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Against the Flow

How fish larvae find a reef home.

Tiny drifters or determined swimmers? New research is discovering some startling information about how larval fish find and populate new reef ecosystems.
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Cascade

The complex relationships between predators

Sea otters, bald eagles, and orcas are all Alaskan marine predators. These three very different species are linked through a complex series of relationships that reach across ecosystems and species.
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Minerals from the Deep Sea

From science fiction to commercial opportunity

Deep sea mining, once the realm of science fiction, is now an impending reality. The impacts of mining on the organisms of the deep sea are poorly understood as fundamental research on this ecosystem remains to be done.
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On a Rising Tide

Harvesting energy from tides

Tidal power provides a renewable energy source that is clean and reliable. Generators harvest the energy of moving water as tides flood and ebb. Tidal power generation requires suitable environmental conditions to be efficient and effective.
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Cleaning Symbiosis - Do Cheaters Prosper?

Are cleaner fish tempted to bite their clients?

Parasites may be harmful to living organisms. A relationship called the cleaning symbiosis describes how some animals, the cleaners, remove parasites from other animals, the clients. Because of the close interaction between cleaner and client, a question arises: instead of picking off parasites, do cleaners ever bite their clients instead?
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Black Sun, Blue Water

Atomic bombs and the life of a coral reef

Between 1946 and 1958 the United States exploded nearly two dozen nuclear bombs at Bikini Atoll. How has this affected the life of the coral reef over the last half-century?
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Living Camouflage

How some crabs avoid their predators

Some species of crabs utilize novel forms of camouflage, covering their shells with other living organisms to fool their predators.
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Steller Visions

Georg Steller and the vanishing species which bear his name

The Gulf of California is home to a diverse assemblage of wildlife. This diversity is a reflection of the Gulf's distinctive geography. Impacts to wildlife from a variety of sources threaten many of the rare and endangered species that make the Gulf their home.
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Corps of Discovery

The Corps of Discovery reaches the Pacific Ocean.

On November 15, 1806, the Corps of Discovery reached the mouth of the Columbia River, completing a 4,000 mile journey to the Pacific Coast. They would spend the next four months adding to science’s knowledge of the Pacific Ocean and its inhabitants before beginning their long journey home.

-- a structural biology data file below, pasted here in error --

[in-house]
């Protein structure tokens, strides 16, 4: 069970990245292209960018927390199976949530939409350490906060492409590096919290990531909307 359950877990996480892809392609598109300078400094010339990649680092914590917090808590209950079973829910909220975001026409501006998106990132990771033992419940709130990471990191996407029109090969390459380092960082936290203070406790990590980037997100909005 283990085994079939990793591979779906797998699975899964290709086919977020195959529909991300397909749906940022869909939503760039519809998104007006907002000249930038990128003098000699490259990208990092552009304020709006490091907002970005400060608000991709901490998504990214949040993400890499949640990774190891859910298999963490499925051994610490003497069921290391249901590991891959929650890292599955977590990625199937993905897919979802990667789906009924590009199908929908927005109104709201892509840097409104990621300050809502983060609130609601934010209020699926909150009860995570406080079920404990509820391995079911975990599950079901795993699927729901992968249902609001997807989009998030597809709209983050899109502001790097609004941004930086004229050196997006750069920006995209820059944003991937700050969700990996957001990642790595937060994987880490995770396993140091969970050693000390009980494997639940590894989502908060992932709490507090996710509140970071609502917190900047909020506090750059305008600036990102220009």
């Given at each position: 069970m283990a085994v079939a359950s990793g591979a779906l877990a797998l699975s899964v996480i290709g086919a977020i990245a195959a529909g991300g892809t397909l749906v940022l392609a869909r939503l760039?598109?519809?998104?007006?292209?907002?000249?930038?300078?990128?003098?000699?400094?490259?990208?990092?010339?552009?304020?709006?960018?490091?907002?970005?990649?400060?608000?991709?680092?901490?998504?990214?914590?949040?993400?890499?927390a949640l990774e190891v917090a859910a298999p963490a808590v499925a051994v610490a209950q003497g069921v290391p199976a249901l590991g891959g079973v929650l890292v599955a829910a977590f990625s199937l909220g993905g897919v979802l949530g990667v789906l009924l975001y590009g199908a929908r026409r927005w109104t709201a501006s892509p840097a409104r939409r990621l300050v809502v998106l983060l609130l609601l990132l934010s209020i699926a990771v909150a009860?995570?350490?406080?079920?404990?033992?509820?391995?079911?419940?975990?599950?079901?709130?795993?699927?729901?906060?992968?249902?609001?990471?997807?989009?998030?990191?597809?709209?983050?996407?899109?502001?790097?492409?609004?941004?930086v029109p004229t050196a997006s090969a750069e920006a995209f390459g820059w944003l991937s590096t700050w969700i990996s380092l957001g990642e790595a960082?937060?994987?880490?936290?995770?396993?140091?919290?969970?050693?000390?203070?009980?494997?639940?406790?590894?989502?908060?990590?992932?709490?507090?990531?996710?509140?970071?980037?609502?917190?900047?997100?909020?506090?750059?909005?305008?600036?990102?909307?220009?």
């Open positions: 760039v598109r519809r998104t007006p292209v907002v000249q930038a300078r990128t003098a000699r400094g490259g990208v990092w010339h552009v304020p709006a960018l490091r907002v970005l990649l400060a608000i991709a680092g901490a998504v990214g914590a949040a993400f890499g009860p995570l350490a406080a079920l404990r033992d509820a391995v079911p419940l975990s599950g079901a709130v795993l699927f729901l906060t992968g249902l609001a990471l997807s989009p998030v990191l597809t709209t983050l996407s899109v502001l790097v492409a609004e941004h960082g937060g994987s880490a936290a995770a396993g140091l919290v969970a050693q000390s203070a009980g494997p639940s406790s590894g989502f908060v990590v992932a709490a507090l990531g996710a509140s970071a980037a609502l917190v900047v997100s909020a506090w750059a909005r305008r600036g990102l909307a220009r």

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Surging Seas

Storm surges in a warmer world.

Since the middle of the nineteenth century scientists have recorded an increase in the global sea level. Higher sea levels may intensify the impact of hurricanes and typhoons to coastal communities. Preserving natural shorelines could be key to lessening storm damage in a warmer world.
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Goldeneye

Sea ducks drink seawater with help from a special gland

The Common Goldeneye spends part of its year on freshwater lakes, and part on the coastal ocean. Like other sea ducks, they have an adaptation that allows them to drink saltwater safely.
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They Came from the Bilge!

Managing ballast water to protect ecosystems

Global trade is dominated by ocean transport, but along with goods and commodities ships may also transport biological invaders. Managing ballast water to protect ecosystems and ports from these alien stowaways is a critical tool.
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Mountains, Rivers, Ocean

The Water Cycle, Watersheds, and Us

A watershed is where rainwater and snowmelt collects and flows to the ocean. As the water flows down streams and rivers, it carries along part of what it touches, from sand and rocks to trash and pollution. A new Aquarium exhibit shows how a local watershed works.
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Forests for Fish

Mangrove forests are essential for thriving fisheries

Mangrove forests are a feature of tropical coastlines. In addition to protecting shorelines from erosion and waves, they support a thriving population of fish and invertebrates. The loss of mangrove forests to deforestation and development bodes poorly for shoreline protection and fisheries.
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The World’s Aquarium

Biodiversity and the Gulf of California

The Gulf of California is home to a diverse assemblage of wildlife. This diversity is a reflection of the Gulf's distinctive geography. Impacts to wildlife from a variety of sources threaten many of the rare and endangered species that make the Gulf their home.

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